The first few times we visited Japan, the attention was unnerving, but on our last visit in autumn of 2018, it was a bit of a riot, that static in the air that crackles at great gigs. Similarly, our final few shows of 2019 were such a treat, we played Prague, Moscow and Saint Petersburg on consecutive days and they were some of the best shows we’ve played all year.

Contemporary forms of music such as rock and jazz have a great influence on modern folk compositions and on traditional music arrangements; do you feel that folk music is having a similar effect on those genres?

Certainly there’s curiosity occasionally from the rock, pop or jazz world, with an ear to incorporating elements of traditional music into their sound, but it’s a delicate balance getting it right and more often than not, the result seems overly contrived. However, when an artiste has a grounding in folk or traditional music, you hear melodically that influence very naturally in their writing or playing.

Artistes like Bon Iver, Mumford and Sons, or the wonderful Edinburgh jazzers the Bancroft brothers’ TrioAAB - their writing is quintessentially full of folk melody. The remarkable quality in folk and traditional music is its lovely organic ability to shape shift so fluidly.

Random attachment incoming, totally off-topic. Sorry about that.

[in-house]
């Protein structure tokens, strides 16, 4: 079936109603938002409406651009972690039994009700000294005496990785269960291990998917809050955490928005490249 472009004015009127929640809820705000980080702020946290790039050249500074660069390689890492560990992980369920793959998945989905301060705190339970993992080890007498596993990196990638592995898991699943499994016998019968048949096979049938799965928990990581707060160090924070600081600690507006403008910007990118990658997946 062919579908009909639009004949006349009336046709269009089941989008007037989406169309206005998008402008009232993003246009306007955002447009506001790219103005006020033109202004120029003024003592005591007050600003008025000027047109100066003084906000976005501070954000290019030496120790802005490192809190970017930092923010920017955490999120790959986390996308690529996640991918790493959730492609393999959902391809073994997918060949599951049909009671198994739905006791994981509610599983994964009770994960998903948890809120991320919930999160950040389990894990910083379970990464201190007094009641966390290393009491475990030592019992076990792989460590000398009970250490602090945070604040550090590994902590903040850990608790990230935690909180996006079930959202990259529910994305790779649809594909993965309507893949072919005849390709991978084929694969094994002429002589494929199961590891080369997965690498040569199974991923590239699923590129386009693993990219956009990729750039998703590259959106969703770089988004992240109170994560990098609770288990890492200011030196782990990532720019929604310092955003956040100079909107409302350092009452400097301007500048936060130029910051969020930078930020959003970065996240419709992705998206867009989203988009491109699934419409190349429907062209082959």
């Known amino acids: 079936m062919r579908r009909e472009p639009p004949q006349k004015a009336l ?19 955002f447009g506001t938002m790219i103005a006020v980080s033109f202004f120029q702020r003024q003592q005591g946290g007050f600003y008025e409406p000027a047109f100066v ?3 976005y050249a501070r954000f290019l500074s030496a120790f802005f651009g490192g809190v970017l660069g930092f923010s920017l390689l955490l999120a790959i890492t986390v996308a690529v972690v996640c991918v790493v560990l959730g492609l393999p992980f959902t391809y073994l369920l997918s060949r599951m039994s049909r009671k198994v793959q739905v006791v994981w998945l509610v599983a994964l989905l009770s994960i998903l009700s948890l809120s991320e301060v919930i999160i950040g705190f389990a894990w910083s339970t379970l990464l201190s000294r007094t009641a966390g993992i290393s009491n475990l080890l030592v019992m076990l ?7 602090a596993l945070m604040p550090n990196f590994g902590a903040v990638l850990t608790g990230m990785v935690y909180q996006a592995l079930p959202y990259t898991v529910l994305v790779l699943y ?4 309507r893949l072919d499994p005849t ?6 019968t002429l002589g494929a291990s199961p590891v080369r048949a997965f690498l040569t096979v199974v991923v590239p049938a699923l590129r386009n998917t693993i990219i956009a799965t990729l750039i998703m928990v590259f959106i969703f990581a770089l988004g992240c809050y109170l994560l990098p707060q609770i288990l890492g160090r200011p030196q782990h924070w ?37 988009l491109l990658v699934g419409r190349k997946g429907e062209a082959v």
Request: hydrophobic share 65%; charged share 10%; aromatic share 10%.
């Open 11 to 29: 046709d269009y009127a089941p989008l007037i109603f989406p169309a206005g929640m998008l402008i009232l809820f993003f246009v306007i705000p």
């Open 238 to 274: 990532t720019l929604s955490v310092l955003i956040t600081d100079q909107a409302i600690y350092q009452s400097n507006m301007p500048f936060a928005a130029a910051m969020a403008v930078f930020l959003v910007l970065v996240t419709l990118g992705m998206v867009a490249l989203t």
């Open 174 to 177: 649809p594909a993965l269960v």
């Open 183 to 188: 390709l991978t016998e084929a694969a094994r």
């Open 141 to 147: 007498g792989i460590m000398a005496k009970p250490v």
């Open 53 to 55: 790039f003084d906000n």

Twenty-five years after starting, twenty-three years from your first album Live (1997) and with other four studio albums and numerous awards under the belt, how do you feel the band has musically developed during this amazing journey?

I guess the evolution of a band, especially one that writes and plays original music, is best experienced in the depth of emotional connection to that music as it changes over time to reflect the life of the band. Every tune has a story, and we as humans connect to one and others stories because we find comfort or inspiration in them and a few answers to some big questions.

In the 14 year break between our last two albums, 5 children came along and a whole heap of life besides, so Ancora is the story of those years and what influenced us and inspired us along the way, the convergence of the life and a revitalised band you might say.

What are your plans for the future?

We’re very content doing what we’re doing right now, we play the concerts we know are extra special or we accept invitations from places we’ve had an eye on but have never played before. When you’re young and full of spark and drive, you move at bewildering speed and often don’t realise, the allure of the motion is so seductive.
But we decided a few years back that we didn’t want to work that way anymore, so we’re more selective and know how much is just enough. And we’re loving playing again, genuinely burning bright, happy to take what comes a gig at a time.

Photos by Naoki Fujioka